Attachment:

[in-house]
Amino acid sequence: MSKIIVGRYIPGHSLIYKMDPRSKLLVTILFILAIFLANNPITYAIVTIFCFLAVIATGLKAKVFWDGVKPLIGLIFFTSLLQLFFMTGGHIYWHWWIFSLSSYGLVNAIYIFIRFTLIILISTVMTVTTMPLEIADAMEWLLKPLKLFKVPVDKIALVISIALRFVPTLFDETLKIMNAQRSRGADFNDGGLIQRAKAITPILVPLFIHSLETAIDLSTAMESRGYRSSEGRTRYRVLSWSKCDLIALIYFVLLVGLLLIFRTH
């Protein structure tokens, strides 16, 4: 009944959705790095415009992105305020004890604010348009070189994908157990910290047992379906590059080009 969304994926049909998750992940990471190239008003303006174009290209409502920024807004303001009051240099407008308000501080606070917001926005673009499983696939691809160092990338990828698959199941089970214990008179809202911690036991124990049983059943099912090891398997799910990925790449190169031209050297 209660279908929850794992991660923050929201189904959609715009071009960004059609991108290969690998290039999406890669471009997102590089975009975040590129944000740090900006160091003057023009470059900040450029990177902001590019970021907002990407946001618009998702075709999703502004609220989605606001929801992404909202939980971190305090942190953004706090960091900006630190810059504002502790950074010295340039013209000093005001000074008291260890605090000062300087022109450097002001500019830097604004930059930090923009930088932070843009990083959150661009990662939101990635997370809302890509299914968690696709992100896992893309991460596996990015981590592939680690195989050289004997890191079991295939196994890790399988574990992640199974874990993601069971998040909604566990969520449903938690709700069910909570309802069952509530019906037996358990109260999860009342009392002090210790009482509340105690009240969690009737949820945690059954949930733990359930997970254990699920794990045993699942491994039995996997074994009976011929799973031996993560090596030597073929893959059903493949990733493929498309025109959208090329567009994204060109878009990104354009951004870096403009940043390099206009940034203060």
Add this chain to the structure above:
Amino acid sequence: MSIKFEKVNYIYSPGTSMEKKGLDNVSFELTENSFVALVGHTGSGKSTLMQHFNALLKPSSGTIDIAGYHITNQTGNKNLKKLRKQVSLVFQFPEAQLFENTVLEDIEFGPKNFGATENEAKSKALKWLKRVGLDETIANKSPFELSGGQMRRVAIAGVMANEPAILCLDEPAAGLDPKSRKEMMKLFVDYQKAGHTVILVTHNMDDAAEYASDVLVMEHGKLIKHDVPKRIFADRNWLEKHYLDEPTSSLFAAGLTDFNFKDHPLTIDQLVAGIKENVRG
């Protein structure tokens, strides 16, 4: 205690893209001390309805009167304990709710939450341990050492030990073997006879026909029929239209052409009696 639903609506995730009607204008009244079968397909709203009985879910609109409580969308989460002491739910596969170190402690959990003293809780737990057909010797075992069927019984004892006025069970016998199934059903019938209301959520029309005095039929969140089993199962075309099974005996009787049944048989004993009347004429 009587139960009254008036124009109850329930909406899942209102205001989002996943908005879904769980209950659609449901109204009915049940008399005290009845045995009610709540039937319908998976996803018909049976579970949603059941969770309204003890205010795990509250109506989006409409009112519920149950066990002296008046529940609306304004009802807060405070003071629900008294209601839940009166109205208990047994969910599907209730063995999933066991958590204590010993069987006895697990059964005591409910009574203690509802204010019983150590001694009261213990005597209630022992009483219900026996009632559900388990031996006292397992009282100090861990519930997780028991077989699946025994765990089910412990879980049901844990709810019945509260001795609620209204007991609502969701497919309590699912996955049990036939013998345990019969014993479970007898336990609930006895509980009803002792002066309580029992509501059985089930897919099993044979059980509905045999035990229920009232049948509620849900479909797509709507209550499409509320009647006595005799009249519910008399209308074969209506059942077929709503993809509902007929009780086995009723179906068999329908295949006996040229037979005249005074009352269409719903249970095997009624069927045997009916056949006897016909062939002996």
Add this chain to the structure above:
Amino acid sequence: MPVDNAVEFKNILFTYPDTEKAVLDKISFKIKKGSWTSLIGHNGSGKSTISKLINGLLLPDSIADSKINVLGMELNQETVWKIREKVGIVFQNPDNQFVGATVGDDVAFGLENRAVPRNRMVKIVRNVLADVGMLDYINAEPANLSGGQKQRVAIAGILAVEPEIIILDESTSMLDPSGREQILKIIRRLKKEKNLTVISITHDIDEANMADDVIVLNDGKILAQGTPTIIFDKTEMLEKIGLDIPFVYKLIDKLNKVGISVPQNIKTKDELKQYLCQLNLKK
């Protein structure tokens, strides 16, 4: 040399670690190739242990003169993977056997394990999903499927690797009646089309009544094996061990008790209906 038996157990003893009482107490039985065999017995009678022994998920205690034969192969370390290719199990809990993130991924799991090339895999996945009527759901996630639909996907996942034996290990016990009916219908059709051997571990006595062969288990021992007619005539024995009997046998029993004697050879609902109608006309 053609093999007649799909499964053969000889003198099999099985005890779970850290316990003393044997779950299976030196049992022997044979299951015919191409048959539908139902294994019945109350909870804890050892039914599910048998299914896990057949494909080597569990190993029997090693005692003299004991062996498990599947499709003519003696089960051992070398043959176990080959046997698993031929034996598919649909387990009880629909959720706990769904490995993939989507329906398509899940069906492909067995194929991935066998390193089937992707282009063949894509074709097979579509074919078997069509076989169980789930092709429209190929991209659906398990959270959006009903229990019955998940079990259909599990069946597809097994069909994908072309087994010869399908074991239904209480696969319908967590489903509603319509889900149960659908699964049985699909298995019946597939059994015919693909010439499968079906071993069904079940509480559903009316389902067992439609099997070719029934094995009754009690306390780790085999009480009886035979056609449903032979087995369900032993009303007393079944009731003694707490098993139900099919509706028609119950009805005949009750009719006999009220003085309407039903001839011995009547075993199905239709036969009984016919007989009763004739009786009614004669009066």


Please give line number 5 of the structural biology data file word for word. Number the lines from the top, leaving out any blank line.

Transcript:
Amino acid sequence: MSIKFEKVNYIYSPGTSMEKKGLDNVSFELTENSFVALVGHTGSGKSTLMQHFNALLKPSSGTIDIAGYHITNQTGNKNLKKLRKQVSLVFQFPEAQLFENTVLEDIEFGPKNFGATENEAKSKALKWLKRVGLDETIANKSPFELSGGQMRRVAIAGVMANEPAILCLDEPAAGLDPKSRKEMMKLFVDYQKAGHTVILVTHNMDDAAEYASDVLVMEHGKLIKHDVPKRIFADRNWLEKHYLDEPTSSLFAAGLTDFNFKDHPLTIDQLVAGIKENVRG